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The Meanings of Flowers: A Personal Touch

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Many varies websites and encyclopaedias will fall over themselves to tell you the ‘correct’ and ‘proper’ meanings for all the different types and species of flower.  Some of these are contradictory and some are in total agreement so if you want to go with the official meanings of flowers then stick to one source and knock yourself out.  However, the alternative is to create your own meanings.  

This is not just a cop out for finding and sticking to the actual meanings but rather it means that the bunch or bouquet you choose to give can tell a story which is both personal and thoughtful and holds certain relevance for the recipient of these flowers.  It is not essential that every single flower in the bouquet means something; in fact the whole bouquet could just be flowers on a theme – co-ordinating under a single banner.  For this, you could provide a bouquet of flowers in autumnal colours for an

October birthday present for example.

On the other hand, having a meaning for all the flowers in your bouquet means an almost unprecedented level of thought has gone into this bunch and that level of commitment to a gift is sure to have its rewards.  A couple of things to consider in this are;

Colour: Mother Nature and some fairly impressive man made enhancements have given us flowers in every colour under the sun and they can be made to thrive, at least for a short while, in any domestic condition.  Therefore, there is no limit to the flower colours that you can have in your bouquet.  Consider the personal details of the person who will be receiving the flowers.  What is their favourite colour for example? Then think about the occasion, red for valentines flowers is more clichéd than is worth describing but at least it shows an awareness of the day.  Thinking about the occasion in just a little more detail though will reap more rewards.  For example, if the flowers are for an anniversary, think about a colour that stood out from the original day which the anniversary is celebrating.  The colour scheme of a restaurant or the dress your lady wore perhaps?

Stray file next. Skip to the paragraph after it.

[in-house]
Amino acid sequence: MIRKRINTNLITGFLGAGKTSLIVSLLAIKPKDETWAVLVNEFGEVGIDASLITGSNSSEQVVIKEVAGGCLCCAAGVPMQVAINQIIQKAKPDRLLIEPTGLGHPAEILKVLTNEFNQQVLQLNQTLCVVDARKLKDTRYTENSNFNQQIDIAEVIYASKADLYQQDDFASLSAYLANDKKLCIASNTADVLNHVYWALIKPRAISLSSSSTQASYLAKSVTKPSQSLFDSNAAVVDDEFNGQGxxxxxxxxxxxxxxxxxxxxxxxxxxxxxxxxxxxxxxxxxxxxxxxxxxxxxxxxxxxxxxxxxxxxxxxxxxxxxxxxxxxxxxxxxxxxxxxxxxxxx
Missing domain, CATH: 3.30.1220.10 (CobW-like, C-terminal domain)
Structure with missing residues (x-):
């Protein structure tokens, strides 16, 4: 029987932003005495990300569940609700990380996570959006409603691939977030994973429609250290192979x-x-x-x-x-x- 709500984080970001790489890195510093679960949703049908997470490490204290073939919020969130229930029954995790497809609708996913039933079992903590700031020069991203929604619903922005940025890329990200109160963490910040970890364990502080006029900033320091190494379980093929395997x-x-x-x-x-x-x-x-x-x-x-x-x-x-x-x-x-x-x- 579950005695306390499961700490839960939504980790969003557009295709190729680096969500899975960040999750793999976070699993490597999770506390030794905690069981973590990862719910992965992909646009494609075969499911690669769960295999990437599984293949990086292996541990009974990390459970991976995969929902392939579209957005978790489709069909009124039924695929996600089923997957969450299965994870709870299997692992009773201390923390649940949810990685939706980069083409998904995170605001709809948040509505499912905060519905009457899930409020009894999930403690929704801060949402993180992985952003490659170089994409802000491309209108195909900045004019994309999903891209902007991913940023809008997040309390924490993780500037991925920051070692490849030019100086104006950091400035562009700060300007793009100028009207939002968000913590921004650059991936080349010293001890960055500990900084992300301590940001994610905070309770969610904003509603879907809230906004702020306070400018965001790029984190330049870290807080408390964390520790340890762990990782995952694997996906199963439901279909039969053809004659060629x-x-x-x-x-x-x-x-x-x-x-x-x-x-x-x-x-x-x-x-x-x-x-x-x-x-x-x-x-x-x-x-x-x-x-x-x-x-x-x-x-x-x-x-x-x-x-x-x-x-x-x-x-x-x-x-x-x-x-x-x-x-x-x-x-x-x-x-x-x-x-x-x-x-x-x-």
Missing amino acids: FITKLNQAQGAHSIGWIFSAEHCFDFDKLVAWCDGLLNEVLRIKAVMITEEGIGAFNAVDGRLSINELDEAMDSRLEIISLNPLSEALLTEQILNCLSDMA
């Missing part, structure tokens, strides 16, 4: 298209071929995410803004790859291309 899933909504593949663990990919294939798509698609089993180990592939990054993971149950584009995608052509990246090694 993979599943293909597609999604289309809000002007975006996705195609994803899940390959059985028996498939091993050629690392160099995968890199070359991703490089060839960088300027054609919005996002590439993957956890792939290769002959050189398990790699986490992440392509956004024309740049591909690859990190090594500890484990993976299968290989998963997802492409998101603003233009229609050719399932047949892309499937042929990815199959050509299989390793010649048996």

Type: Again, there are some obvious choices and some slightly less obvious choices here.  Roses say love is probably the most obvious example of flowers meaning something but actually, this is a cliché that has been inverted by the media to the extent where I think if I received red roses in the post I would think I was being targeted by a vampire.  It might be nice to instead think about what different types of flower mean to you and the ultimate recipient of the flowers.  For example, sunflowers typically say sunny and positive things but they also have an innocence associated with them.  They are flowers of childhood, we probably all remember competitively growing them for a school project, so for this reason they gain added significance when given as ‘congratulations on the new arrival’ flowers.  Also, think about or subtly ask what your recipient’s favourite flowers are.  Lilies are typically associated with funerals but if they are the favourite flowers of your fiancée there is no reason why they can’t be the focus of the wedding bouquets.

Flowers can tell stories and hold meanings.  A little thought into what these might be and your kind gesture becomes a beautiful message.

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